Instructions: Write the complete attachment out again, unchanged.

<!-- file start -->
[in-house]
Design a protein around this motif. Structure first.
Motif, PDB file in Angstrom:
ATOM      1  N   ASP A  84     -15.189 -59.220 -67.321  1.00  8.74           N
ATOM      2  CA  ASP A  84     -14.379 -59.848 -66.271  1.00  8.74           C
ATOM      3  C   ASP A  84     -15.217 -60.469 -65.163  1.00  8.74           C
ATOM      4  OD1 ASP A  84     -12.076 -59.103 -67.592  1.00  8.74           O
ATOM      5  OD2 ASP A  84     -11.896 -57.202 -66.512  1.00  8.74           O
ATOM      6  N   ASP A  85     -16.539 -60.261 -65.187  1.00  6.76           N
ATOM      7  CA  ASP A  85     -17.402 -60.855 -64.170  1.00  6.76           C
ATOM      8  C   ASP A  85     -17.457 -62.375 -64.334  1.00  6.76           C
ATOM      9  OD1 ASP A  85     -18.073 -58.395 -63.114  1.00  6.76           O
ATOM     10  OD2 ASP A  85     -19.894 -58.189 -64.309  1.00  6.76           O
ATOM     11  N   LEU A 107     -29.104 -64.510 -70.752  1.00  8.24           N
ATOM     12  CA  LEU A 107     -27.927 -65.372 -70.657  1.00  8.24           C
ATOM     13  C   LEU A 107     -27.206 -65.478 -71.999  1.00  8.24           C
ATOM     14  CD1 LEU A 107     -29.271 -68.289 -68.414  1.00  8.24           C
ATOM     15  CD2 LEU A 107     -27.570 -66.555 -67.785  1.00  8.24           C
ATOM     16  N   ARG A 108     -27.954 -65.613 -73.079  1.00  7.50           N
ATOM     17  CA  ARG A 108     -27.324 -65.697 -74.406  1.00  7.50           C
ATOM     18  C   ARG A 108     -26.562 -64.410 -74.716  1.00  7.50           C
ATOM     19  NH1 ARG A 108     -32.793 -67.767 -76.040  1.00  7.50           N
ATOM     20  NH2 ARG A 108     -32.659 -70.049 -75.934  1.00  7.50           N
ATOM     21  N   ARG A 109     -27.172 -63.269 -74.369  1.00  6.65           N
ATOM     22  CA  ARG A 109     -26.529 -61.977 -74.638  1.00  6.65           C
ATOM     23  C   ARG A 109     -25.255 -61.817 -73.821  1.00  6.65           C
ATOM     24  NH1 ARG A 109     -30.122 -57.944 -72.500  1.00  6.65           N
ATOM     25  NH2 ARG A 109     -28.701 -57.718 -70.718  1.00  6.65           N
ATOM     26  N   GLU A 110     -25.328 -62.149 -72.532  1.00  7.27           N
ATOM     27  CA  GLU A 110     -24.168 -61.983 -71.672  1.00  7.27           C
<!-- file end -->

[in-house]
Design a protein around this motif. Structure first.
Motif, PDB file in Angstrom:
ATOM      1  N   ASP A  84     -15.189 -59.220 -67.321  1.00  8.74           N
ATOM      2  CA  ASP A  84     -14.379 -59.848 -66.271  1.00  8.74           C
ATOM      3  C   ASP A  84     -15.217 -60.469 -65.163  1.00  8.74           C
ATOM      4  OD1 ASP A  84     -12.076 -59.103 -67.592  1.00  8.74           O
ATOM      5  OD2 ASP A  84     -11.896 -57.202 -66.512  1.00  8.74           O
ATOM      6  N   ASP A  85     -16.539 -60.261 -65.187  1.00  6.76           N
ATOM      7  CA  ASP A  85     -17.402 -60.855 -64.170  1.00  6.76           C
ATOM      8  C   ASP A  85     -17.457 -62.375 -64.334  1.00  6.76           C
ATOM      9  OD1 ASP A  85     -18.073 -58.395 -63.114  1.00  6.76           O
ATOM     10  OD2 ASP A  85     -19.894 -58.189 -64.309  1.00  6.76           O
ATOM     11  N   LEU A 107     -29.104 -64.510 -70.752  1.00  8.24           N
ATOM     12  CA  LEU A 107     -27.927 -65.372 -70.657  1.00  8.24           C
ATOM     13  C   LEU A 107     -27.206 -65.478 -71.999  1.00  8.24           C
ATOM     14  CD1 LEU A 107     -29.271 -68.289 -68.414  1.00  8.24           C
ATOM     15  CD2 LEU A 107     -27.570 -66.555 -67.785  1.00  8.24           C
ATOM     16  N   ARG A 108     -27.954 -65.613 -73.079  1.00  7.50           N
ATOM     17  CA  ARG A 108     -27.324 -65.697 -74.406  1.00  7.50           C
ATOM     18  C   ARG A 108     -26.562 -64.410 -74.716  1.00  7.50           C
ATOM     19  NH1 ARG A 108     -32.793 -67.767 -76.040  1.00  7.50           N
ATOM     20  NH2 ARG A 108     -32.659 -70.049 -75.934  1.00  7.50           N
ATOM     21  N   ARG A 109     -27.172 -63.269 -74.369  1.00  6.65           N
ATOM     22  CA  ARG A 109     -26.529 -61.977 -74.638  1.00  6.65           C
ATOM     23  C   ARG A 109     -25.255 -61.817 -73.821  1.00  6.65           C
ATOM     24  NH1 ARG A 109     -30.122 -57.944 -72.500  1.00  6.65           N
ATOM     25  NH2 ARG A 109     -28.701 -57.718 -70.718  1.00  6.65           N
ATOM     26  N   GLU A 110     -25.328 -62.149 -72.532  1.00  7.27           N
ATOM     27  CA  GLU A 110     -24.168 -61.983 -71.672  1.00  7.27           C